George Washington Leads the Way

At my teacher institute, I got the opportunity to meet Bentley Boyd, the author of this fabulous comic about George Washington. George Washington Leads the Way tells the story of Washington's life while tying his life to seven leadership traits. This comic is great, and my students loved it!

I broke my students into groups of three or four and each group read about one leadership trait of G.W. They then reported back to the whole class what they had read and at least three examples of how Washington displayed that trait during their reading. All the students wrote down at least one example for each word. I changed the directions slightly from what the worksheet below asks.
We then took a few minutes to discuss our School Creed and the things they vow to do every day as a student. They then used our School Creed as a guide to write a creed for George Washington. They were required to use all seven of the qualities we read about. I'm actually pretty proud of how these turned out.

Lessons Learned: I really only planned one class period to do this lesson, but it took two. We didn't have much time for them to be able to read them to each other. Next year, I will allow more time so we can share. Also, I would have loved to have enough copies of the book so each student could have their own. The seven words would have also made a great vocabulary lesson. Maybe instead of doing it all in one lesson, to do seven smaller lessons. Introduce the word, read the comic, summarize how he showed that word, and maybe do a vocabulary card for each word.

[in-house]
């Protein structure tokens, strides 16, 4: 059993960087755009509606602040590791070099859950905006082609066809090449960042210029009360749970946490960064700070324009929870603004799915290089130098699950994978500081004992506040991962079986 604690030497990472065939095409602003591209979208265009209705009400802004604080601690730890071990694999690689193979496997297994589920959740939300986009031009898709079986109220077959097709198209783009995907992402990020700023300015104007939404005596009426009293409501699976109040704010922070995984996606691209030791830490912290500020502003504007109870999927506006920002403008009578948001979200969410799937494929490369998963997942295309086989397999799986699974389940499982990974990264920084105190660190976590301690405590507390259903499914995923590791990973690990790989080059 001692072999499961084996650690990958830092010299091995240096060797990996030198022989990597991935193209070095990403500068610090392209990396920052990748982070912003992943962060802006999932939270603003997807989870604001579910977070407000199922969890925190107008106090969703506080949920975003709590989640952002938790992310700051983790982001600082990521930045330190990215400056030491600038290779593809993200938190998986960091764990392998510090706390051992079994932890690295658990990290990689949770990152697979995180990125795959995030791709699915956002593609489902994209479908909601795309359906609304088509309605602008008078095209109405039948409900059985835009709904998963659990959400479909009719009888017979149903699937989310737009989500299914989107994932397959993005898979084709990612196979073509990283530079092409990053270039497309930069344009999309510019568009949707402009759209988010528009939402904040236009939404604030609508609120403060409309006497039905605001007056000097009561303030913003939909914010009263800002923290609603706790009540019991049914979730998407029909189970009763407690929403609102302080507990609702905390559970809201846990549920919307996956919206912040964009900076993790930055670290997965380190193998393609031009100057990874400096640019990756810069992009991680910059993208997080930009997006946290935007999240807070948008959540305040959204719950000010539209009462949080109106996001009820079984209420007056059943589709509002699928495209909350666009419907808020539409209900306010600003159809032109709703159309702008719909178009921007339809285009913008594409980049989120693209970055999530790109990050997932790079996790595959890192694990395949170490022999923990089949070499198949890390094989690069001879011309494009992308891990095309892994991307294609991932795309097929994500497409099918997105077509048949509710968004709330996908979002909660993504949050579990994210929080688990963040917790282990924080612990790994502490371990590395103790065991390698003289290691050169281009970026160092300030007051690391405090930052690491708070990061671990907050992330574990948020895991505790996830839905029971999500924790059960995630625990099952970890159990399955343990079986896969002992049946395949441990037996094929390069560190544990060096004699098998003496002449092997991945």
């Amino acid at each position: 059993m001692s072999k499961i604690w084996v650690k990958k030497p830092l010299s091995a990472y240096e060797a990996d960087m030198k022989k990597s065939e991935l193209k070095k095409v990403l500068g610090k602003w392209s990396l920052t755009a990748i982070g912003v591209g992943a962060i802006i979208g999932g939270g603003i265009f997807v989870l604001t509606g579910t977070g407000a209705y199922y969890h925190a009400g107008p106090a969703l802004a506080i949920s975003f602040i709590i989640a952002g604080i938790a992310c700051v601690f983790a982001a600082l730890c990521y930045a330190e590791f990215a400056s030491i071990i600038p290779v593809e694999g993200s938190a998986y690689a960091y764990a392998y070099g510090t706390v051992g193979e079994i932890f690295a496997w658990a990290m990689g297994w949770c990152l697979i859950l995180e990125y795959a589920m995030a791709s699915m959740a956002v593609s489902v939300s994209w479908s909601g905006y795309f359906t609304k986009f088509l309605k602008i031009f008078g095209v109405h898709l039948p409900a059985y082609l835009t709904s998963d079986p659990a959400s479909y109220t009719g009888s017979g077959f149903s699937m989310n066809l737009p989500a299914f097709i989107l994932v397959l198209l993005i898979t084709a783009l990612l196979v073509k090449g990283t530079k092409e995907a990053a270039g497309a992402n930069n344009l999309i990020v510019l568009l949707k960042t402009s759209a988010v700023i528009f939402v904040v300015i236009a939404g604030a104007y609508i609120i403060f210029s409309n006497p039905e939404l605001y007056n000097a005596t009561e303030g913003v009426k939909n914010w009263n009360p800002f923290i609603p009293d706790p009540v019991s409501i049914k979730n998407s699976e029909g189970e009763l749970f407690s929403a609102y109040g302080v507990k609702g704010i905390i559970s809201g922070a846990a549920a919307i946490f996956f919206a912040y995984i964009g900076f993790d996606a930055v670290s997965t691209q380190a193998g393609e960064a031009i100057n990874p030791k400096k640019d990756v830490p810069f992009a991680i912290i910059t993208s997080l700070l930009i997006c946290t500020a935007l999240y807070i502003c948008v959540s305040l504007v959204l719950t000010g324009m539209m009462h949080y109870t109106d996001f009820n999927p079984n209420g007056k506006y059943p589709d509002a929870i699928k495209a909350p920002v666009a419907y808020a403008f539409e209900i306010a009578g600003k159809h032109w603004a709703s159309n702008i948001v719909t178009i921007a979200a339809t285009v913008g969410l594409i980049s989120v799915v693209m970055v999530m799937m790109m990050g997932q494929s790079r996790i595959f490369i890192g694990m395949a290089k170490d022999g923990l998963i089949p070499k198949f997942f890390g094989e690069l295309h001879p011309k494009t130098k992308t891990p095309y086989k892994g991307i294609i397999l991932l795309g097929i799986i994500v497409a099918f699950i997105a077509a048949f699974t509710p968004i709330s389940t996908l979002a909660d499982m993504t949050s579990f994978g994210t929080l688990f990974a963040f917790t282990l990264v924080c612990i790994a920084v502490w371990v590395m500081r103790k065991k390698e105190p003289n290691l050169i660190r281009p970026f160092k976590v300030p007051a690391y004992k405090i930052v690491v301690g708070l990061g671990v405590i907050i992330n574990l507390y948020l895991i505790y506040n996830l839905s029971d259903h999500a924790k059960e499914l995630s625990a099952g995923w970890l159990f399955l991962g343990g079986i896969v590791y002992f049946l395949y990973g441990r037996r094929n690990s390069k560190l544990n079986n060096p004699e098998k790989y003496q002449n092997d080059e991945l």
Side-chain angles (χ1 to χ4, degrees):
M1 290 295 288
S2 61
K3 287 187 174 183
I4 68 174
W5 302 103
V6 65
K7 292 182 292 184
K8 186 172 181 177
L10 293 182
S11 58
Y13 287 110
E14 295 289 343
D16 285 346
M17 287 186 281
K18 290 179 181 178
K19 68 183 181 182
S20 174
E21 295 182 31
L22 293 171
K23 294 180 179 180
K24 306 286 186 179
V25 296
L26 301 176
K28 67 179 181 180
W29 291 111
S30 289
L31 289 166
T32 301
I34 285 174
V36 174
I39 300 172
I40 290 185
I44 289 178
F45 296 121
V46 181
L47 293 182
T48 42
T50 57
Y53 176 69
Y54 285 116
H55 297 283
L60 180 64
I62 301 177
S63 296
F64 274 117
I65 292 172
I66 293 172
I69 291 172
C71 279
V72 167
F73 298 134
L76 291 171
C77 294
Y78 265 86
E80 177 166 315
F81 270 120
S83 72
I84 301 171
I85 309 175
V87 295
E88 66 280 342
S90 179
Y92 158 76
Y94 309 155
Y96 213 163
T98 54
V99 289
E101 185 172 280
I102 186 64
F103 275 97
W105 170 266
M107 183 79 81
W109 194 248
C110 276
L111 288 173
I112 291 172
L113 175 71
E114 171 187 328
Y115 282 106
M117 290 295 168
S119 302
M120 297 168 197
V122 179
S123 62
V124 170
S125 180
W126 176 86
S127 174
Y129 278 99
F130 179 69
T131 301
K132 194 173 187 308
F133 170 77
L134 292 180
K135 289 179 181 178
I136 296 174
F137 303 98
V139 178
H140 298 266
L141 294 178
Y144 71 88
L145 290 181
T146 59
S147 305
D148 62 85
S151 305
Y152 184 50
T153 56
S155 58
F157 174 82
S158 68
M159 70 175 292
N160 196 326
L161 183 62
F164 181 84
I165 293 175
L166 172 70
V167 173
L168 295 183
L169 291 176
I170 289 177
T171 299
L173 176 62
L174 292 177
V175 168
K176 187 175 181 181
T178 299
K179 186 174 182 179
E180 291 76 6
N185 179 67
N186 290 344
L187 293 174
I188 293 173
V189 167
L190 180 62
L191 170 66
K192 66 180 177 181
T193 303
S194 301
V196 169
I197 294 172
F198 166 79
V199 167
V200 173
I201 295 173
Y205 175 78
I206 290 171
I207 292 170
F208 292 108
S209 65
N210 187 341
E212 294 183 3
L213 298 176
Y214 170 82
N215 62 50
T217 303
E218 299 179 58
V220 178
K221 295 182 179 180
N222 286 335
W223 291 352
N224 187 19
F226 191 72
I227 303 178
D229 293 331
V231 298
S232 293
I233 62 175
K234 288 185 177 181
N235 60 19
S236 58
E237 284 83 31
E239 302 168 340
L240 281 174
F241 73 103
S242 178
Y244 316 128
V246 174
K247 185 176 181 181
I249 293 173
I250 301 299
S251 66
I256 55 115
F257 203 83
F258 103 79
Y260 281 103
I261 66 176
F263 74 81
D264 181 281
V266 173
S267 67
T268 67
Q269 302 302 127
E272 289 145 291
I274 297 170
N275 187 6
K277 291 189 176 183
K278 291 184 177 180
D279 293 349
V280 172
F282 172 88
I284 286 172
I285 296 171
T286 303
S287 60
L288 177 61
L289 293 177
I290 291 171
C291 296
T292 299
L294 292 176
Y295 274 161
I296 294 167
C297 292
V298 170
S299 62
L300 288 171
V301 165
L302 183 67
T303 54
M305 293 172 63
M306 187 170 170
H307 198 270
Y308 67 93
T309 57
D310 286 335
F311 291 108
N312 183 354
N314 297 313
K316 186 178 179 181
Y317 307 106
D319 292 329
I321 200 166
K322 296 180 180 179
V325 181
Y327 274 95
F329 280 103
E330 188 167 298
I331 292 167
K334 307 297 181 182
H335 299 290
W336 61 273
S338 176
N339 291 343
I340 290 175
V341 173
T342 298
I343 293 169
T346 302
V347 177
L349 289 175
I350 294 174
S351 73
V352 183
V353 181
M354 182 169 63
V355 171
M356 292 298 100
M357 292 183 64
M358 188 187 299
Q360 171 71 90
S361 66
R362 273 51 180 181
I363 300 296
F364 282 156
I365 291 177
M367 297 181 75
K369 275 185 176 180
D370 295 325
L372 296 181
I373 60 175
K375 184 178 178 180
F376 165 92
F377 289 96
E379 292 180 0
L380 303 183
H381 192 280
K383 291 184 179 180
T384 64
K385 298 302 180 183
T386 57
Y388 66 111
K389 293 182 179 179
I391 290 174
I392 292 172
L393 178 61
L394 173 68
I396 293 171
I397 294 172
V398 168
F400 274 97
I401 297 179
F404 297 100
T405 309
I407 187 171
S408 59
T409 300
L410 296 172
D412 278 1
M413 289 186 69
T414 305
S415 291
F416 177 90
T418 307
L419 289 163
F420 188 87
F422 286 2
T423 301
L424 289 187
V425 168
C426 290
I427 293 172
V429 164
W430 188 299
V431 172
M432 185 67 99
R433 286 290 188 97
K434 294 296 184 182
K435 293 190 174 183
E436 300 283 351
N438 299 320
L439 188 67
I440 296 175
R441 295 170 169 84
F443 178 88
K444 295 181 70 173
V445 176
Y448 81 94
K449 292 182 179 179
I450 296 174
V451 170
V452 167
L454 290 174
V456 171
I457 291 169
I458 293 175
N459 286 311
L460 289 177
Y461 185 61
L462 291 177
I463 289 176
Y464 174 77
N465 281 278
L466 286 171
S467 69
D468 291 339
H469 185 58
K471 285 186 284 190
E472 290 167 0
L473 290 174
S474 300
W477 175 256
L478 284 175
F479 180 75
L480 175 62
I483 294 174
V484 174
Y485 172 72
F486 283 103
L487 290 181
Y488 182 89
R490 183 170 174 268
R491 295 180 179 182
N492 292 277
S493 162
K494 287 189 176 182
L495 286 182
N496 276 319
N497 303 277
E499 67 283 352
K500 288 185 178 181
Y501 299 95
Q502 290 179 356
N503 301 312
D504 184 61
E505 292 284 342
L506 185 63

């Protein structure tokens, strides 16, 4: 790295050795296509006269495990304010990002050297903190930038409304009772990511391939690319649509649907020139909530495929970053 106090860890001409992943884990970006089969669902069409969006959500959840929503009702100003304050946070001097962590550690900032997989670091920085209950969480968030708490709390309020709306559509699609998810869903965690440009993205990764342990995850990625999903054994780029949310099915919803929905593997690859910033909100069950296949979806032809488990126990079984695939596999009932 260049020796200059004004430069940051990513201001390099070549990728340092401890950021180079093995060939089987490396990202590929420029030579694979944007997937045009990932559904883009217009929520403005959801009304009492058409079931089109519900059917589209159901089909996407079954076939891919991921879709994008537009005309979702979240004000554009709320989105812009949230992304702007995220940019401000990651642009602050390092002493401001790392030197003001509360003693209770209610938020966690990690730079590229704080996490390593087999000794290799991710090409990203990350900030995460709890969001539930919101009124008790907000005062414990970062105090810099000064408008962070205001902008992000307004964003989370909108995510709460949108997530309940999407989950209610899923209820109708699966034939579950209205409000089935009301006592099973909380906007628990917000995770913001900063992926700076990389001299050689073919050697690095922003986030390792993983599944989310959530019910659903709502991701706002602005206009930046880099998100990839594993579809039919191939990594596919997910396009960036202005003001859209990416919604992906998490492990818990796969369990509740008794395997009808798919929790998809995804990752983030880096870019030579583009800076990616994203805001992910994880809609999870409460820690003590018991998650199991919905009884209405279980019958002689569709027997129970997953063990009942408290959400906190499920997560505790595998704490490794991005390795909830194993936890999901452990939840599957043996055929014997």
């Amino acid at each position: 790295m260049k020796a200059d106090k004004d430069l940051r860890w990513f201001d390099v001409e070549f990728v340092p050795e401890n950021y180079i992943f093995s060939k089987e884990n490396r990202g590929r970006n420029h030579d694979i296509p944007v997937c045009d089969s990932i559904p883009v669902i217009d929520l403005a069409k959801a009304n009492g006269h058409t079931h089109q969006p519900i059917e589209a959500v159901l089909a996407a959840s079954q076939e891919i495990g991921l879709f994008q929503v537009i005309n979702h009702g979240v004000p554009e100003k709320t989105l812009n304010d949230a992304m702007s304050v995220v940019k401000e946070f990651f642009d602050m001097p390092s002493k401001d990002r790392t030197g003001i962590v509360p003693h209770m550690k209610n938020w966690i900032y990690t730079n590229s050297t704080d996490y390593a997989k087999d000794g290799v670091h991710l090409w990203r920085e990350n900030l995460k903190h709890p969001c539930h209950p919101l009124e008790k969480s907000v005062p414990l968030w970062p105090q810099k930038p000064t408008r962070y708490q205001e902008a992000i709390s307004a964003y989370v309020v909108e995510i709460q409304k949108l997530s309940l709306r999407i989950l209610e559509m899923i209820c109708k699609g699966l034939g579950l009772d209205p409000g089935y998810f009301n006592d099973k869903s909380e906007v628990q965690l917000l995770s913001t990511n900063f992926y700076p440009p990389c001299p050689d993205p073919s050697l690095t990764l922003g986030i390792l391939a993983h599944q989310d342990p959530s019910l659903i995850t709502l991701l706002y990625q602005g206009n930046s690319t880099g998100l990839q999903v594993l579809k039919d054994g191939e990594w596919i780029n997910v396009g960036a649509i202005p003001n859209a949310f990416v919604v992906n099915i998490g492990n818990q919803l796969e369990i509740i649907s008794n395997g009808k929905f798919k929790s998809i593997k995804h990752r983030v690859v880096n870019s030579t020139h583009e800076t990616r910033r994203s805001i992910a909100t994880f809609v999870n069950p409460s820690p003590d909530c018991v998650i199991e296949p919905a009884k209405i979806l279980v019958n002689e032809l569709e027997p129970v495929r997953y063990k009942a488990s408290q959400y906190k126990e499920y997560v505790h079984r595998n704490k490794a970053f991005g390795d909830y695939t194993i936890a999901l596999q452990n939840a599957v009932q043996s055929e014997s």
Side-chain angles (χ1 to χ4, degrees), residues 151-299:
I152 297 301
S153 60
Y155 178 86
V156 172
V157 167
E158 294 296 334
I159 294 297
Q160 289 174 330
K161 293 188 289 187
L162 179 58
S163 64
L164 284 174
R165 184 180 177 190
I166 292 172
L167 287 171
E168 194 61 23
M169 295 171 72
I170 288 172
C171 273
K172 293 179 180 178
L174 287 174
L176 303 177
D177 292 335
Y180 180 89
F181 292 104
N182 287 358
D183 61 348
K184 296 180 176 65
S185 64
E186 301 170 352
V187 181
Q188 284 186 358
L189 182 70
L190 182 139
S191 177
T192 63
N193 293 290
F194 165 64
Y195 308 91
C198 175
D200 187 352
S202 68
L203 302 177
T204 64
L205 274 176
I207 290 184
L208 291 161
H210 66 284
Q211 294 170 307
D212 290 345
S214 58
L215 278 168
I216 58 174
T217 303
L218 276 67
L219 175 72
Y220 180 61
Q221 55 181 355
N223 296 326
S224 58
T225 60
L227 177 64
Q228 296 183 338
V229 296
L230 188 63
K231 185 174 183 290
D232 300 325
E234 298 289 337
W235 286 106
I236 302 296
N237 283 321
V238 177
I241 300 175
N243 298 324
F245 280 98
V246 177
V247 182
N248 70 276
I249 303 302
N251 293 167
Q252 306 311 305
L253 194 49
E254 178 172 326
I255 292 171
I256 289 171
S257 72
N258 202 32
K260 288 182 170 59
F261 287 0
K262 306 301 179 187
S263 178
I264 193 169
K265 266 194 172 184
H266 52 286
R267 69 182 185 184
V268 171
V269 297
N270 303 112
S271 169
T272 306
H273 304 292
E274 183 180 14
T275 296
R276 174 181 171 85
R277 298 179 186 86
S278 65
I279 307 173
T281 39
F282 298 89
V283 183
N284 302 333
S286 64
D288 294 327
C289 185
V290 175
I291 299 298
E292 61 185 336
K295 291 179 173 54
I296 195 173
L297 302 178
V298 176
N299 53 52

Marveling at Main Idea

I just found this post that I wrote back in September and only saved as a draft, I think I hoped to include some pics, but I think it's time to post it. Better late than never?

Main Idea

This week my major reading focus was on Main Idea. After deciding that what I did last year would simply not do, I went on a search for new ideas. I came across the best idea at the Little Literacy Learners blog. This wonderful gem gives you the instructions to do the lesson and the worksheet she used with it. I used this lesson to "introduce" main idea to my fifth graders. By fifth grade most students have a clue what main idea is, but have a terrible time identifying it in their reading. We did the lunch bag activity as a class. I also had several other bags made up. They then worked with partners to examine two other bags. After that I took it a step further and had the kids use their bag organizer to write a paragraph about the bag. Most students simply used the main idea as their topic sentence and the supporting details to create their other sentences. However, I had some who really got into the creative writing side. These students took the same main idea and supporting details and created a story about the day the bag was used. I was pleasantly surprised how creative some of their stories were.